Memory has a strange way of often hitting you when you’re not expecting it.
I have a little theory about the memory muscle, and it makes me wonder how many writers might be either only children, or youngest. Or at least not the oldest child, because it’s the younger ones who watch, look out for danger, and need to take note. The oldest just forge ahead – doing things.
It’s like Sartre’s comment, live or write.
Maybe my feeling about place and memory is the same as music. It’s been well documented how often music takes us straight back to a heightened emotional state, so we will cry for a lost love (even after years of realising how we’ve escaped something rather awful) when we hear the record we listened to again and again every time we cried ourselves to sleep in our teenage bedrooms. And Proust of course has written beautifully about how the taste of a madeleine brings back so many memories.
Equally I’m always amazed at how I map places through the emotional moments they hold for me. Recently I walked round Ely, the town I spent six years at boarding school, with my daughter. She saw just a street but I was ‘seeing’ so many of the boys I had snogged in various corners that she had to beg me to stop telling her about it! But for a thirteen year old, forget the Cathedral, that was my real version of the city.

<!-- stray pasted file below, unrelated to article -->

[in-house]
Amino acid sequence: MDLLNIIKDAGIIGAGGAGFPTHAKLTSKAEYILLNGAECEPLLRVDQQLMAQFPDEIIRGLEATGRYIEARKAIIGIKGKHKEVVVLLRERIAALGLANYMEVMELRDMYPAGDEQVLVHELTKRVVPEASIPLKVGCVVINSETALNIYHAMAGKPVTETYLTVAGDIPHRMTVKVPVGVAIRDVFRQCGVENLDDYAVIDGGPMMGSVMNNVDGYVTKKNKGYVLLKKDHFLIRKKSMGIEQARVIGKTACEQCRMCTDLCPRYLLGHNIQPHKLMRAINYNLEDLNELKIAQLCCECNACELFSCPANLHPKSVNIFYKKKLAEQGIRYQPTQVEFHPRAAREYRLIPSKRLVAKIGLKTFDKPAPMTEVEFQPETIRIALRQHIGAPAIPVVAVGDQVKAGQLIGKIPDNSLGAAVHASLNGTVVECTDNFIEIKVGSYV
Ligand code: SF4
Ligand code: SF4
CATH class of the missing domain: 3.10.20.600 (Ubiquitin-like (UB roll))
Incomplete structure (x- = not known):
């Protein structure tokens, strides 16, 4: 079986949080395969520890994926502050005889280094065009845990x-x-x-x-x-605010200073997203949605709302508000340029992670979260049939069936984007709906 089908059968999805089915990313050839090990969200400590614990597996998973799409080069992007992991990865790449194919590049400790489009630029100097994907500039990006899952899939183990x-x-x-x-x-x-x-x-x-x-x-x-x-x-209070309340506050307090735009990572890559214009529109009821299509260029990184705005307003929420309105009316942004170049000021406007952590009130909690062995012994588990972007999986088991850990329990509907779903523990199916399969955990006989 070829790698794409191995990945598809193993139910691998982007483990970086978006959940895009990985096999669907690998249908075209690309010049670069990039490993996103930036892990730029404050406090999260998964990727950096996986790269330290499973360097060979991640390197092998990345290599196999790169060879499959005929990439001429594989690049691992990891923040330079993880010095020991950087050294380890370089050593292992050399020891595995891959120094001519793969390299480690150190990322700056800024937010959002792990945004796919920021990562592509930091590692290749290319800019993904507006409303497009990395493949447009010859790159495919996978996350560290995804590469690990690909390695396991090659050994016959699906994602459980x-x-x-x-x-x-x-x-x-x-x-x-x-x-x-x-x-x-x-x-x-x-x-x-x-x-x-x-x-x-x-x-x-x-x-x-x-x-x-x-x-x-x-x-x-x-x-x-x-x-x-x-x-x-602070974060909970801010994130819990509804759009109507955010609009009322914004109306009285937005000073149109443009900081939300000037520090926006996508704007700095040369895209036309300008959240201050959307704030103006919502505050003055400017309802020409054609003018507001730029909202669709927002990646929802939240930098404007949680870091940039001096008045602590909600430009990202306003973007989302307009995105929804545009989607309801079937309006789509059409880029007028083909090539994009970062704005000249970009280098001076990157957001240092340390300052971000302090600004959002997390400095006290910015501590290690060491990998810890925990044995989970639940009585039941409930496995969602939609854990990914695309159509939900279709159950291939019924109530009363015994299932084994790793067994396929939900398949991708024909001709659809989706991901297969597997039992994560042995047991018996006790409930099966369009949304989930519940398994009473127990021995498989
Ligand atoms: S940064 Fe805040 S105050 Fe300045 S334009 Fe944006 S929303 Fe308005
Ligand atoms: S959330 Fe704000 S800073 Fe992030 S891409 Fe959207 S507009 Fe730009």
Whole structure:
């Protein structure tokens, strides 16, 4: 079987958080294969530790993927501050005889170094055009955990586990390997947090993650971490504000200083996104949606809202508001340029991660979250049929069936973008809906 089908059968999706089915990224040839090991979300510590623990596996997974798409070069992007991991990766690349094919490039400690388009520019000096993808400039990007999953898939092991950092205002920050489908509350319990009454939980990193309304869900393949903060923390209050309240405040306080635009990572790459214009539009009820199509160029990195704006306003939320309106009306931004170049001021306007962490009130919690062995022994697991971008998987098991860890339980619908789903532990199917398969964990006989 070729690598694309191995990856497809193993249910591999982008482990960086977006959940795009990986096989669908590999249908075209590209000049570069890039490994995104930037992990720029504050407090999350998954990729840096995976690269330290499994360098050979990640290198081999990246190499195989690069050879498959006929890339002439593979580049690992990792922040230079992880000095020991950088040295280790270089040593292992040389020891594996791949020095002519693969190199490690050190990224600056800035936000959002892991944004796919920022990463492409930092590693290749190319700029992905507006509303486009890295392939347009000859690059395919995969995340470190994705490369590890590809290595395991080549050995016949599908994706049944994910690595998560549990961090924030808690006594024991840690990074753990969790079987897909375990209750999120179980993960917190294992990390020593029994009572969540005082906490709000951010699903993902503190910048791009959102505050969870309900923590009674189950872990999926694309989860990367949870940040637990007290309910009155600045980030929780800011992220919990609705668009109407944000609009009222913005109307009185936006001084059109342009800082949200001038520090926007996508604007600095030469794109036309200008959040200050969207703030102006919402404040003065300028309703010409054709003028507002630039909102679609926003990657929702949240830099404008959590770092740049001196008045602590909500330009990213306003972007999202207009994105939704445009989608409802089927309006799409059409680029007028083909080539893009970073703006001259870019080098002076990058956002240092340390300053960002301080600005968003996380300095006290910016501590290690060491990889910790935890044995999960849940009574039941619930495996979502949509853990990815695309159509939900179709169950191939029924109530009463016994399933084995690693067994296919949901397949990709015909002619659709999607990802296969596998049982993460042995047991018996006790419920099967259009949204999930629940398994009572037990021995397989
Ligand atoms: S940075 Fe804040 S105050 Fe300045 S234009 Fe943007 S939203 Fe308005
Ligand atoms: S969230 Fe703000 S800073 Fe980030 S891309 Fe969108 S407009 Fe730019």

Not just the boys though. Spotting the butchers where my best friend Nicky and I used to go in to order ‘two hot sausage rolls’ when we couldn’t eat the school food made me stop and gasp.
And then there was the wall I was looking at when I ‘borrowed’ someone’s glasses and suddenly realised what it was like to see. Every brick. Every amazing brick. What had I been missing? How long had I been short sighted and not realised? And what if I wasn’t thick, but just couldn’t see the board or the books like everyone else? Look, just an ordinary wall to everyone else but, friends, this is the wall that changed my life…
The house where we’d go and eat breakfast sometimes with a cathedral verger and his wife, the organ loft where I once drank cider with the organist during evensong, the cherub whose cheek I used to rub for luck before exams, and then this spot, just coming out of Cherry Hill where I first realised how much my body responded to seasons. I stood in the exact spot where I had been so completely staggered by the joyfulness of spring coming that I’d wanted to sing – no, shout – out loud, the sun has got its hat on and is coming out to play. THIS SPOT (below)! Now decades later, I could still felt my heart lift at the memory…
And of course the beauty of these jumble of memories is that they come as they want, trivial next to life-changing. Happy next to sad. There’s no hierarchy in memories, and the joy of returning to a place I’ve known in the past is how well they had been held for me – just waiting until I returned to leap out and hit me.
In my head I call them emotional hotspots, but I think they should really be hot emotional spots because they don’t need plaques or anything – they are more like those machines that can seek out heat hidden deep underground. And, sorry daughter, of course that includes my first ‘snogs’, but you’re right, they probably don’t need broadcasting!